You could be forgiven for thinking that a film about how two people spend their last three weeks before an asteroid collides with Earth would be a sci-fi drama. But despite the high-concept, Seeking a Friend for the End of the World is nothing more or less than a delightful romcom. Rammed with wit and warmth, it delivers heartily on the rom (the apocalypse acting as a metaphysical Cilla Black) and com (the apocalypse is a rich source of fatalistic humour) fronts.
This is not a sober Melancholia-style cataclysm, it’s more like ‘Naked Gun doesn’t do apocalypses but if it did….’ All is good-natured chaos, from the end-of-days countdown on the nightly news to the public posters offering the opportunity to fuck a virgin. Plodding round this circus is Dodge (Steve Carell) who’s in no mood to seize the moment as his wife has just literally run off. While his middle-aged friends throw Eyes Wide Shut-for-embarrassing-dad-style parties where they take acid and tear up the rulebook on fidelity, he stoically continues to go into work. The only revelation that takes root as his certain death grows closer is that he should seek out his high-school sweetheart, the lost love of his life.
So far, so downbeat, but then Keira Knightley appears in full Clementine from Eternal Sunshine…, Manic Pixie Dream Girl mode. Her character Penny is a record-loving, impulsive, hypersomniac and the pair end up involved in a buddy-movie road trip as they try to get to the people that matter the most before it’s too late. It’s no surprise that Carell, whose eyes are brown pools of kindness mingled with weariness, holds his own as a downtrodden wit with a big heart (See Little Miss Sunshine and last year’s Crazy Stupid Love for previous form). The revelation is Knightley who, although not quite lost in her character, has an infectious energy that sets the pace. Both she and the film possess the good-natured gait of a puppy that’s never been kicked and they race towards the finishing line with giddy abandon.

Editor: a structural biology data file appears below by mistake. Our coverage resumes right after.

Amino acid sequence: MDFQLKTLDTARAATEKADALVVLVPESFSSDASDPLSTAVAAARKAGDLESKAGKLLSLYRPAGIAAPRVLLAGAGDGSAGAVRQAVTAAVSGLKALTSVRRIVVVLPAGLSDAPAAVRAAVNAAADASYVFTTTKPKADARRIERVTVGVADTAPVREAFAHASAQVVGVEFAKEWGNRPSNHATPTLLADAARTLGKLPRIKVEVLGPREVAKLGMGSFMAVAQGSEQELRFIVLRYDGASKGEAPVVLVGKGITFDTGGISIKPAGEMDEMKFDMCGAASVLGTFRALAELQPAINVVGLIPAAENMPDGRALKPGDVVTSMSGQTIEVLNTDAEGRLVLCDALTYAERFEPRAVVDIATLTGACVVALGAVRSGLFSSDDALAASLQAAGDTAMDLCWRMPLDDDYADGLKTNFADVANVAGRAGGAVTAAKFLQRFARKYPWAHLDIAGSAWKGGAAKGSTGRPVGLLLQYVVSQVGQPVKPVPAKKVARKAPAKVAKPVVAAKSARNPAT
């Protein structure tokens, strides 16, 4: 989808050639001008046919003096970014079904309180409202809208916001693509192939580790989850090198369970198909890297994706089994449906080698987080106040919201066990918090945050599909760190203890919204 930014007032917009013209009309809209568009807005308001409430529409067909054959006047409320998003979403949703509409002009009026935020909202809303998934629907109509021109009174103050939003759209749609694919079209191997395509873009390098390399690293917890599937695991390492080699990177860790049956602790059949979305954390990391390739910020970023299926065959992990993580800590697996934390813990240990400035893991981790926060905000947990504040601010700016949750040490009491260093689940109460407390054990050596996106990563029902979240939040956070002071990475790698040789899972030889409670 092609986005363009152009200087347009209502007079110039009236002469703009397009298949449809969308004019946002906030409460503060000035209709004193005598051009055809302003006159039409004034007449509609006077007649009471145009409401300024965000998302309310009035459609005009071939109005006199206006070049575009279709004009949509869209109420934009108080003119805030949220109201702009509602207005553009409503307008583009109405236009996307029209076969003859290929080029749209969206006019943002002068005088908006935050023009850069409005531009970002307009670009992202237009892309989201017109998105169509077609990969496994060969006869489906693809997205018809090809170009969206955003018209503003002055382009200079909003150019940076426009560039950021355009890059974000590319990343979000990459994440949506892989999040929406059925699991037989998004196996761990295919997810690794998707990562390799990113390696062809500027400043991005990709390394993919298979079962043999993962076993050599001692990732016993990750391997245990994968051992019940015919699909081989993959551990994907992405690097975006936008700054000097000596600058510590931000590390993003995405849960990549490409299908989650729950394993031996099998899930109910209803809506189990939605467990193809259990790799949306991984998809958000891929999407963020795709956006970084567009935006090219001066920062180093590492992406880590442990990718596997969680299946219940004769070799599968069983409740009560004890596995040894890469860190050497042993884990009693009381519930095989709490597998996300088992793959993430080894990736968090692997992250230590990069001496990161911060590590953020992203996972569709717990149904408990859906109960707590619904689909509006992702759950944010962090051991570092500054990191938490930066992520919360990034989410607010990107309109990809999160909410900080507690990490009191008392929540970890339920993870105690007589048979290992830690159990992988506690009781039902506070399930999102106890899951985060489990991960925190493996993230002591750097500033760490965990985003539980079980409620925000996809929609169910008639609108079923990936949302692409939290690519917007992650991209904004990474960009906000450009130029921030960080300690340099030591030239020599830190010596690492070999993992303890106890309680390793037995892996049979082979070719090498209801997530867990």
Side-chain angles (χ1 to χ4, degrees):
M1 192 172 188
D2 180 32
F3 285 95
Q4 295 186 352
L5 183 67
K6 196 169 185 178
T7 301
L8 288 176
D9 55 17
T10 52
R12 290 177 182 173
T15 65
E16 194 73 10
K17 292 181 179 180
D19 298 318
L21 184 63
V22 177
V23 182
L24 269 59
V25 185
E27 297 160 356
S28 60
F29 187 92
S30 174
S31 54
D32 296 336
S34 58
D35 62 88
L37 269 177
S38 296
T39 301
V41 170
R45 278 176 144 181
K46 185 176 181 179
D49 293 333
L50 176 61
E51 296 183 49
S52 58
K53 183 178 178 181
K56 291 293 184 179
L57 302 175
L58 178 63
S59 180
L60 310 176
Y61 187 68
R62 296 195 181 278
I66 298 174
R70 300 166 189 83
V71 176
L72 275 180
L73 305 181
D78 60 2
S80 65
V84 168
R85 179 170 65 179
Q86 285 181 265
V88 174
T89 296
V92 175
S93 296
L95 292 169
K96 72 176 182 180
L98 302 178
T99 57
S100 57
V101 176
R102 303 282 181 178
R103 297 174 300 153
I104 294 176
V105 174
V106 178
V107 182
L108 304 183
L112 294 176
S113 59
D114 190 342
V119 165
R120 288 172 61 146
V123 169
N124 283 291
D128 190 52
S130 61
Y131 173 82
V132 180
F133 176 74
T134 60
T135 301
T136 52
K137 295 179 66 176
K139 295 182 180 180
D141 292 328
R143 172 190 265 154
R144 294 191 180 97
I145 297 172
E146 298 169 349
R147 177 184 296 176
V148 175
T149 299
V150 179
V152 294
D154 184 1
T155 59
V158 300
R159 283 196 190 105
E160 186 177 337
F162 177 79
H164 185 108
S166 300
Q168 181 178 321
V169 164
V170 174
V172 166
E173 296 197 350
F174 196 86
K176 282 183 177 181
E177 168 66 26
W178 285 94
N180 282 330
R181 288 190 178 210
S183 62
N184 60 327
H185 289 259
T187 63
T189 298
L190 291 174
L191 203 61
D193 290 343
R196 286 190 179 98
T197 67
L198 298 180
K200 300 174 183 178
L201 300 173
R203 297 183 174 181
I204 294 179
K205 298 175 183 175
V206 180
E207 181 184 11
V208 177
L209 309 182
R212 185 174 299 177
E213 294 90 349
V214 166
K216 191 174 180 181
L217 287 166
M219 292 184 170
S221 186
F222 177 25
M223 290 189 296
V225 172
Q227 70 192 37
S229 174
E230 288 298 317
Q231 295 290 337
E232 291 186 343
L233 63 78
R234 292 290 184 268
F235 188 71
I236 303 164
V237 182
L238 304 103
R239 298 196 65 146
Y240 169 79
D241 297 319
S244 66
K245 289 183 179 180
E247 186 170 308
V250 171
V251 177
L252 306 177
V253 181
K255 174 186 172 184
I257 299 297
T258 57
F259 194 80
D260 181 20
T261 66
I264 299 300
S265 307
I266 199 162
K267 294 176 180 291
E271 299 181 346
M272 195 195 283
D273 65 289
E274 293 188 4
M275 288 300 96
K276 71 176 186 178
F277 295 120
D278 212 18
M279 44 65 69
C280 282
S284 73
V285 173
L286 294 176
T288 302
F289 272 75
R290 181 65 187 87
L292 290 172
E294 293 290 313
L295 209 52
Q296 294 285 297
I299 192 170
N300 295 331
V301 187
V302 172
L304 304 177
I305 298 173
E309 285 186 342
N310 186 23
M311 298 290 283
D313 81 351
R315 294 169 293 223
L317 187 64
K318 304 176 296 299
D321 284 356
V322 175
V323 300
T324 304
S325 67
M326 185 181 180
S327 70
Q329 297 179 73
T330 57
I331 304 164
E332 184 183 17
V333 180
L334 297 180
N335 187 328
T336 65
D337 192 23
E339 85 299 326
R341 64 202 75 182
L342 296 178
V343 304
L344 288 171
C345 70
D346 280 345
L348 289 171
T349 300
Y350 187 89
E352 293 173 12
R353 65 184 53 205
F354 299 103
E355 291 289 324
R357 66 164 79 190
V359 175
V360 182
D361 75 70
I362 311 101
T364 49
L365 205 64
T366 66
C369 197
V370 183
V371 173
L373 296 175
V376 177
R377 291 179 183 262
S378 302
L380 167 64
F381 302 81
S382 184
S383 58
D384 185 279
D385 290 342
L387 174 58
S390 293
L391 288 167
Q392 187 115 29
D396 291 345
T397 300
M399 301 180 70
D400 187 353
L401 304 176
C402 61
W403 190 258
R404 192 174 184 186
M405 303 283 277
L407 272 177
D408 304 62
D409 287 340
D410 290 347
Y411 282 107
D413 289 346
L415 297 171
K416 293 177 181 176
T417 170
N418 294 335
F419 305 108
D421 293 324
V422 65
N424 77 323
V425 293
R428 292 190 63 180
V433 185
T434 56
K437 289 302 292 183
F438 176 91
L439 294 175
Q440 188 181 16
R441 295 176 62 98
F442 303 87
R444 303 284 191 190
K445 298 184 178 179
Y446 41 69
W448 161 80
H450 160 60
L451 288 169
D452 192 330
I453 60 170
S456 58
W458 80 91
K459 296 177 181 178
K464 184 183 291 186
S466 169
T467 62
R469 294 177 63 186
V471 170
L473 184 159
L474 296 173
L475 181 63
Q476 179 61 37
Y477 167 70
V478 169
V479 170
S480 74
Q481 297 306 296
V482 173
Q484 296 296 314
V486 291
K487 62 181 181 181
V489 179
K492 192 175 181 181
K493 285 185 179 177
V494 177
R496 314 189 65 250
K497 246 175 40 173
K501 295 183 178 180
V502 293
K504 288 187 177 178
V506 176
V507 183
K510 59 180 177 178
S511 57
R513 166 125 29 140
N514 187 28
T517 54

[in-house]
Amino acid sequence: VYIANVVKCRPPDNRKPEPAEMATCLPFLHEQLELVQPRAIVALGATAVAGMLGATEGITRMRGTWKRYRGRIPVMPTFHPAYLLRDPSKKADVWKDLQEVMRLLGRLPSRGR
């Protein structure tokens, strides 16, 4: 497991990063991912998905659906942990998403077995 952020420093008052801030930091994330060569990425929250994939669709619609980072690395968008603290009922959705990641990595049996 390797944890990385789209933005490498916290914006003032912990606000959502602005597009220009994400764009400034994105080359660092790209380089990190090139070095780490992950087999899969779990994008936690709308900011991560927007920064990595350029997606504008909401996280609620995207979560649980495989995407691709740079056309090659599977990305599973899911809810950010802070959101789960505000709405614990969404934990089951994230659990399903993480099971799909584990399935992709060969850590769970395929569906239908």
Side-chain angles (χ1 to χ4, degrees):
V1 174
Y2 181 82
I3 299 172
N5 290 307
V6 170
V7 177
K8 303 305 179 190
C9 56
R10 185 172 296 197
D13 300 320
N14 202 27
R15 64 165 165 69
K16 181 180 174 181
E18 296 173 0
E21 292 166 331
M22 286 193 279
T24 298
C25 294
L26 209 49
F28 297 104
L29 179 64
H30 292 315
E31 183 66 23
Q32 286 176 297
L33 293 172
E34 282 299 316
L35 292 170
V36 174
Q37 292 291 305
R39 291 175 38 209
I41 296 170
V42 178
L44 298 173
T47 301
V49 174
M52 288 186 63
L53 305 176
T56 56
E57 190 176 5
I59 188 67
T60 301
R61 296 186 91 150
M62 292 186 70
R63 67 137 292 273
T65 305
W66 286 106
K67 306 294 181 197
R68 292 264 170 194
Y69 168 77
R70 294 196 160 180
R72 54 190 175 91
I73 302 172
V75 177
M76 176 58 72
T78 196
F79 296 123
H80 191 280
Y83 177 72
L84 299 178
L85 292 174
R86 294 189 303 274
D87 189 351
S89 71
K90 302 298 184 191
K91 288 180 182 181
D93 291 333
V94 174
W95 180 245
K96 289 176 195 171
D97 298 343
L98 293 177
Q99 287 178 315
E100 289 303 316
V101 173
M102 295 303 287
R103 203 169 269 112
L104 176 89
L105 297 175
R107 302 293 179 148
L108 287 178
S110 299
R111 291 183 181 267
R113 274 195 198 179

While the film is about the blossoming relationship between this oddball duo, Seeking a Friend for the End of the World gives generous time to the supporting cast and their subplots. Whether it’s the emotional truck driver for whom three weeks is still an eternity to wait to bid goodbye to the cruel world or Patton Oswalt’s opportunistic sleaze-ball bowled over with excitement at abounding sexual openness, these colourful characters provide regular blasts of entertainment. A climate of hysteria rises and falls and our leads’ ability to empathise with each other in these extreme circumstances makes us root for them.
Some developments feel unlikely but the logic of ‘this is the apocalypse’ sucks up and owns all bizarre swivels. Warmth pulses from every frame. Penny’s record love manifests in classic after classic. Wardrobe and colour palette are all gentle pastels and solid primaries. Liberally sprinkled are cameos so delightful and unexpected that your face will break out in smiles.
It’s amusing and a little odd that such a tragic concept is given such wholesome treatment (there’s a white picket fence knocking about) but once you see through the disguise of the subject to a solid and heartfelt romcom, all is well. This is a well-written, warm treat of a film about a pair whose unlikeliness is aspirational to anyone who wants to believe that love can grow against all odds.
Contributor Sophie Monks Kaufman can be followed on Twitter @Sopharsogood.
“Everyone wants an alter ego who can do stuff they can’t.” So speaks Mark Hogancamp. He has a powerful incentive to focus on the contents of a parallel existence. Ten years before Jeff Malmberg’s cameras found him, he, aged 38, had every memory beaten out of his head after five men pounced on him outside a bar. He spent nine days in a coma, then forty in hospital relearning how to walk and talk from scratch. Of his life until that point, “only single frames” were left.